A publication of the Archaeological Institute of America
Ghosts of the Ancestors
Perhaps the most common Egyptian demons were the ghosts of one’s immediate family members. Often the spirits of the recently deceased were invoked in ritual texts that asked for their blessings—what Egyptologists call “letters to the dead.” These texts were likely read aloud during certain rituals, and were inscribed on bowls or other objects left in tombs. The vast majority of these letters were addressed to the dead men, but Leiden University Egyptologist Renata Schiavo has identified a handful of such letters addressed to women. “These letters are rare,” she says, “but they are important documents that give us a sense that women also played an important role in ancestor worship.”
One such text Schiavo studied came from the village of Deir el-Medina, the home of artisans who worked in the Valley of the Kings, where pharaohs of the New Kingdom (ca. 1550–1070 B.C.) were buried. The letter was written on a piece of limestone as a rough draft of a text that was perhaps later inscribed on another object. It was written by a scribe named Butehamun and was addressed to the coffin of his dead wife Ikhtay. The text intimates that Butehamun is suffering from some kind of problem that he attributes to the spirit of Ikhtay. He asks the coffin to remind his wife that he has done nothing wrong, that his other deceased relatives still support him, and that she should do so as well.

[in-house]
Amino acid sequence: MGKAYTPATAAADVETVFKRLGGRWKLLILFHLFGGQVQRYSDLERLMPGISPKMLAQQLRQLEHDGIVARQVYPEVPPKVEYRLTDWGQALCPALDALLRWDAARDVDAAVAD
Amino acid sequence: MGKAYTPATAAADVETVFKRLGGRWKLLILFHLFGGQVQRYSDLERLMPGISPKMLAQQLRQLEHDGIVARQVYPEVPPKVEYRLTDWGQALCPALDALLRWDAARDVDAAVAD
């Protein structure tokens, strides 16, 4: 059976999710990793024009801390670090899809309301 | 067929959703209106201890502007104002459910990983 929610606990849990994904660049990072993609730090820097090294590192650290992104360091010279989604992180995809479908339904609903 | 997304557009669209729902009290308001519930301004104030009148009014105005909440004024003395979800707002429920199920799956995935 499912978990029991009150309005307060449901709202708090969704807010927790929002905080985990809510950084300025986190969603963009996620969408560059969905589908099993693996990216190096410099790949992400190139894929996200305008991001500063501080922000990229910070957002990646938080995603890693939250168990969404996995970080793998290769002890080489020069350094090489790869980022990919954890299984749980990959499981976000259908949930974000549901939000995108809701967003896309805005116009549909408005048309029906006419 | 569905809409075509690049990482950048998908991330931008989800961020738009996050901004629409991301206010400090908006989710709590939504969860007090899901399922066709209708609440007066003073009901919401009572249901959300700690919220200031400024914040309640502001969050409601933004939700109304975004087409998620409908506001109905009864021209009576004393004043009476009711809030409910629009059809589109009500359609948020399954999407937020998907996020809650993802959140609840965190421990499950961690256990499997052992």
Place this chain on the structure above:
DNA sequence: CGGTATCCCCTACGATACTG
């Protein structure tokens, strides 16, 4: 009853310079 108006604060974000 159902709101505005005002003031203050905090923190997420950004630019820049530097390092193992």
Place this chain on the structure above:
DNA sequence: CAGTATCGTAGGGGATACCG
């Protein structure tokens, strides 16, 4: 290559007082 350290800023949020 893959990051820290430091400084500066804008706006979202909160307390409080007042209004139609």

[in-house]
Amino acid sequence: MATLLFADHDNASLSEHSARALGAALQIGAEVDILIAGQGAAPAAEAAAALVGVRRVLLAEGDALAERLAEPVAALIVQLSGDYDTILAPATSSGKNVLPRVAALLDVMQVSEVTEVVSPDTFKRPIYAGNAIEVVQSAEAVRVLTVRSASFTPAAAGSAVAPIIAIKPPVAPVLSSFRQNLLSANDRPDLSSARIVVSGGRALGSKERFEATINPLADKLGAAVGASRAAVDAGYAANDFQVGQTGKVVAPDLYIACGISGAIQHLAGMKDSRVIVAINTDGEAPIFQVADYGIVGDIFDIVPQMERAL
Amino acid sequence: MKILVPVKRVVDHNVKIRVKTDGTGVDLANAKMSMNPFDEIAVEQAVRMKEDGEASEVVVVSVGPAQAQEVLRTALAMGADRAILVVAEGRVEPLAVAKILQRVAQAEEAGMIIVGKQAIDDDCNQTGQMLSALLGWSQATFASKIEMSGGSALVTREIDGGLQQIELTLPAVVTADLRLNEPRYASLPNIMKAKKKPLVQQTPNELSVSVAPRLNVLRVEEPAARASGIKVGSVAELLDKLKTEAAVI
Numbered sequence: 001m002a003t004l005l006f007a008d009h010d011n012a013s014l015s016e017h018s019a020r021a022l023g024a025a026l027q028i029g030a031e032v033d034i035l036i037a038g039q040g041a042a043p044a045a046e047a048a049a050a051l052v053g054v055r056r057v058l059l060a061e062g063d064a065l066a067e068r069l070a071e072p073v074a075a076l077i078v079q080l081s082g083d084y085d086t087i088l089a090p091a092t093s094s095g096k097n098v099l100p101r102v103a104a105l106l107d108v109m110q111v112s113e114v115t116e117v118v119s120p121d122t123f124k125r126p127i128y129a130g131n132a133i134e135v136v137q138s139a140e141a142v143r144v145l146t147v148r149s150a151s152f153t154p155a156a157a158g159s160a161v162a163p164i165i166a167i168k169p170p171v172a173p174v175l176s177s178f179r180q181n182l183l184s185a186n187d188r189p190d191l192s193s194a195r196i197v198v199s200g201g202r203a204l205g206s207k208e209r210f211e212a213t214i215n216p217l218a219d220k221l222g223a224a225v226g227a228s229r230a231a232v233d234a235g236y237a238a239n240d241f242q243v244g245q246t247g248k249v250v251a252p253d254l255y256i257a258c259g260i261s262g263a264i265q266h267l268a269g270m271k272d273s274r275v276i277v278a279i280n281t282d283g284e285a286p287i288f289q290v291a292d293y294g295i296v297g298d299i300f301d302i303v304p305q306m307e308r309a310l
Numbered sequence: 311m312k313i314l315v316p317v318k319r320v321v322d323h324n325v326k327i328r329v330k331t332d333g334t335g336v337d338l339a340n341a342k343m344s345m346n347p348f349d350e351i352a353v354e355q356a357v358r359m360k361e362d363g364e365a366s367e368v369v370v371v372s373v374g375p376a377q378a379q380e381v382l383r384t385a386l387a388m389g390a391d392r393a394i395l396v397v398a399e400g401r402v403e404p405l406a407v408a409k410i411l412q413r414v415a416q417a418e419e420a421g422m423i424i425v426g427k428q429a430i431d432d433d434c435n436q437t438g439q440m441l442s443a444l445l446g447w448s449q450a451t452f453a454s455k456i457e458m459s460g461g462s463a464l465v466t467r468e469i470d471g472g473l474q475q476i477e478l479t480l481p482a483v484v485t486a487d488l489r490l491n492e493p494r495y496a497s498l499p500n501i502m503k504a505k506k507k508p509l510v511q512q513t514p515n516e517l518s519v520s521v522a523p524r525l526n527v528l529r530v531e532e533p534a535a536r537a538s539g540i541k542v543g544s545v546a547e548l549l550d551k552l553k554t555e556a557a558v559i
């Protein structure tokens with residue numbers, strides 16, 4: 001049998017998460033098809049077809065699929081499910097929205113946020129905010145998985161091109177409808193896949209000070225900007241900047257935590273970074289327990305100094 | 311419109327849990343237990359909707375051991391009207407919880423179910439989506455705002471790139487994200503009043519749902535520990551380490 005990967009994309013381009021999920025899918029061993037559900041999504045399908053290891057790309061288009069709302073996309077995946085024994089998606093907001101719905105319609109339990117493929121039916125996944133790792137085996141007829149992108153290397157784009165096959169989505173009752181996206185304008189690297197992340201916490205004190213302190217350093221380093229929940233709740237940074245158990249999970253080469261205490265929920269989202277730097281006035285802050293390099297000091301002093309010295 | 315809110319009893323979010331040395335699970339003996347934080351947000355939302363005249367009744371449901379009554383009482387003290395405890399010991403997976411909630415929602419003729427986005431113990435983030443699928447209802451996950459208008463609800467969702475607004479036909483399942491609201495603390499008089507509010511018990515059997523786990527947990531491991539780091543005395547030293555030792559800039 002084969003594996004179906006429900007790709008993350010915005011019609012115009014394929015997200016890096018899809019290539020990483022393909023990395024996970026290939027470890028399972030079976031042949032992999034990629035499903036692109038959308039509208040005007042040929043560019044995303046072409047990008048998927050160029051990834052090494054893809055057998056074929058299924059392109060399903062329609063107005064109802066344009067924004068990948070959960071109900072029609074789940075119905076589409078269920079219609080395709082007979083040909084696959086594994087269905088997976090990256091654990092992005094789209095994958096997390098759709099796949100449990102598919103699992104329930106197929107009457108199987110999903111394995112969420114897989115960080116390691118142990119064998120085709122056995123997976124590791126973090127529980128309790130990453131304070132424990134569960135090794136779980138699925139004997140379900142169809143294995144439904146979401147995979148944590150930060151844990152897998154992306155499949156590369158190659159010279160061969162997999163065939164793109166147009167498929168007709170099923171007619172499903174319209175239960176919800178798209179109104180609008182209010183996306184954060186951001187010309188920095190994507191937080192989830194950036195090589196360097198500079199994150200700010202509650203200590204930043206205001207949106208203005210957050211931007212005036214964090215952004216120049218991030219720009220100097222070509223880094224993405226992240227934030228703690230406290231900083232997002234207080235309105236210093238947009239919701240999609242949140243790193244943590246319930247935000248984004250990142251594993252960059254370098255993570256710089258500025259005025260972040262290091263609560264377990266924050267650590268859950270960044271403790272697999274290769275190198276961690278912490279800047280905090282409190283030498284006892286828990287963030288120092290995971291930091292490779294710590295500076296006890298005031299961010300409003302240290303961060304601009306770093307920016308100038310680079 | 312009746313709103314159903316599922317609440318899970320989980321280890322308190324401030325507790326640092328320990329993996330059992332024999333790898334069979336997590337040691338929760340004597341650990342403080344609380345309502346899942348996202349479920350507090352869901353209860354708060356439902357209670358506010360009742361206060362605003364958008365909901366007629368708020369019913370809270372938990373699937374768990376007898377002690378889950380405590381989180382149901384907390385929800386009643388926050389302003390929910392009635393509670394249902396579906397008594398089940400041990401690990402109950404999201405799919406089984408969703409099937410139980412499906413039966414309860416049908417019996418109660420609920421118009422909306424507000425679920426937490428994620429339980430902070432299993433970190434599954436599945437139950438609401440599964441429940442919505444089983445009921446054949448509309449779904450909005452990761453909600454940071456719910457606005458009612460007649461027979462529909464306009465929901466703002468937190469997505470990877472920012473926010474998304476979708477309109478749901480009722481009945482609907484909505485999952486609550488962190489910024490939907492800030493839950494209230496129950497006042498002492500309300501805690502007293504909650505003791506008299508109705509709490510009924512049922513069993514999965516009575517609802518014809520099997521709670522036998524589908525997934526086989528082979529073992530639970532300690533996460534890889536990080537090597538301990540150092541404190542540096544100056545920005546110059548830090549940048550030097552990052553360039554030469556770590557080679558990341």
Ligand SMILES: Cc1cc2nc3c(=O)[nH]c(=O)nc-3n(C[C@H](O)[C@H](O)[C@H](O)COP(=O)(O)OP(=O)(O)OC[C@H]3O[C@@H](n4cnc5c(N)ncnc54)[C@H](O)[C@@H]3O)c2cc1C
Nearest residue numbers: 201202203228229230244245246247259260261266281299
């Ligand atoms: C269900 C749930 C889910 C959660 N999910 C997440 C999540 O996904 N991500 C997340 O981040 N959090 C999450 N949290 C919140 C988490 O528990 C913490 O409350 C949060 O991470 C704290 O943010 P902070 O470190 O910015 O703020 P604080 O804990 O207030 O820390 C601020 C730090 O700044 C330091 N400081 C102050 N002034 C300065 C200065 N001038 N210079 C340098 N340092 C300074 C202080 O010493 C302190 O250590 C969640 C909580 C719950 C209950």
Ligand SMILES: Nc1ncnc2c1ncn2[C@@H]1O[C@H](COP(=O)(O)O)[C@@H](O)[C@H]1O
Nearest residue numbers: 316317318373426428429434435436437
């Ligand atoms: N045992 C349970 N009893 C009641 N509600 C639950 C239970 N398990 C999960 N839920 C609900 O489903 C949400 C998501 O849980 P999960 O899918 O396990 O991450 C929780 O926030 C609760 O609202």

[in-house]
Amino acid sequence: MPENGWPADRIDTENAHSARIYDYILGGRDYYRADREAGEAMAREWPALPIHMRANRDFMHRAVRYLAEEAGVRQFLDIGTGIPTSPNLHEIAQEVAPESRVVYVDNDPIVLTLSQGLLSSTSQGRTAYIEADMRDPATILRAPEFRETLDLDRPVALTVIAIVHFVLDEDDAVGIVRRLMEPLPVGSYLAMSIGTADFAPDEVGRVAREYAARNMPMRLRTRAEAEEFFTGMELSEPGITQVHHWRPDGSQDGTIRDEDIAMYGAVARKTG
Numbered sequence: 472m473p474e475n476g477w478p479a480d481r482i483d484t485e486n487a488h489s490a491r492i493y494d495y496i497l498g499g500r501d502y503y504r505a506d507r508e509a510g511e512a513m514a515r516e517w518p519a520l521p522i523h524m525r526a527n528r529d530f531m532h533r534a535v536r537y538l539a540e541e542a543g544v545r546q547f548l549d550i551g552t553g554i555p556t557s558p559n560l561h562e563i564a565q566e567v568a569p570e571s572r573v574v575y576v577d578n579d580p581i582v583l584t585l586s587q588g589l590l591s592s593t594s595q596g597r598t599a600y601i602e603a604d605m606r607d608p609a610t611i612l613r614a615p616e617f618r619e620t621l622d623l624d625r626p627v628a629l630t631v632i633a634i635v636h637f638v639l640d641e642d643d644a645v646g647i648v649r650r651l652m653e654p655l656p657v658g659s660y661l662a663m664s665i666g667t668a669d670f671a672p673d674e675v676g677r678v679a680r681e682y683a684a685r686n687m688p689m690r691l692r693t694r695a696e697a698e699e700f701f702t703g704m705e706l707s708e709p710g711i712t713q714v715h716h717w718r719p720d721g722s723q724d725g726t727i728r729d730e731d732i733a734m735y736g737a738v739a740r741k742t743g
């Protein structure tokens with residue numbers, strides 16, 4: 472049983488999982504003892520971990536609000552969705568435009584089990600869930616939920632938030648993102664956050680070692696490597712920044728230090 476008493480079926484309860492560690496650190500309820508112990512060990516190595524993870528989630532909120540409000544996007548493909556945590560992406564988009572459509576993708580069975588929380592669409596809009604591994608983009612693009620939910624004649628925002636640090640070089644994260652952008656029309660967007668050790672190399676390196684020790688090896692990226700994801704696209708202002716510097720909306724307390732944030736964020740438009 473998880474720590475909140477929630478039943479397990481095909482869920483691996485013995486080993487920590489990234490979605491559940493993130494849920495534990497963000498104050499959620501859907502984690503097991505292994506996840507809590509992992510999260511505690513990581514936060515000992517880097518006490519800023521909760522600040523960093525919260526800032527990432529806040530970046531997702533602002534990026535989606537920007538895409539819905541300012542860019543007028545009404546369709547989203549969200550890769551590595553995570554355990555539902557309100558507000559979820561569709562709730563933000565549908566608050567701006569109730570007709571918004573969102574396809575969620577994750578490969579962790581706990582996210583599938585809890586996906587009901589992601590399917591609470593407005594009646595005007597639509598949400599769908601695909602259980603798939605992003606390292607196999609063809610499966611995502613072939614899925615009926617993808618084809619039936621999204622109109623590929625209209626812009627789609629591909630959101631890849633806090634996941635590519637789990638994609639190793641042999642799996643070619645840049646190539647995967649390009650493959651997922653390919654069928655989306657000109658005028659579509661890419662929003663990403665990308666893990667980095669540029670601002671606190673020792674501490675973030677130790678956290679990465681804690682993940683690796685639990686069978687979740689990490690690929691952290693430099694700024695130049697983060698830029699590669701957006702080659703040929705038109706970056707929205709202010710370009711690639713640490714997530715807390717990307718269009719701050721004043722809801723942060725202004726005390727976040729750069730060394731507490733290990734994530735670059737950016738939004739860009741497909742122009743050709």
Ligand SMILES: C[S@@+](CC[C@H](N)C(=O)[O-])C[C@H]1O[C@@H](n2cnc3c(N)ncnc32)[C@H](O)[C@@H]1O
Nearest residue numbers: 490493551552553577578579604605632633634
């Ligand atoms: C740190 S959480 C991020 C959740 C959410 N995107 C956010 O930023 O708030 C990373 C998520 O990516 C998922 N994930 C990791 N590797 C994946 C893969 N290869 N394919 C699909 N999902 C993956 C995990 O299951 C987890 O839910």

Other documents discovered at Deir el-Medina record that Butehamun remarried after Ikhtay died. “It’s reasonable to posit that women were invoked in the so-called letters to the dead in order to appease their anger, perhaps because their husbands remarried, or because these women died in dramatic circumstances, for example during childbirth,” says Schiavo. She notes that other rituals are known that involved exorcizing the malevolent spirits of the dead, but this letter, and others like it, suggests a ritual that was intended to heal the relationship between the living and an angry spirit. Despite having remarried, the senders of these letters may have sought to restore the role of these deceased women as protectors of the household, and to invoke their powers as benevolent demons who could help guide their families, even from the afterlife.
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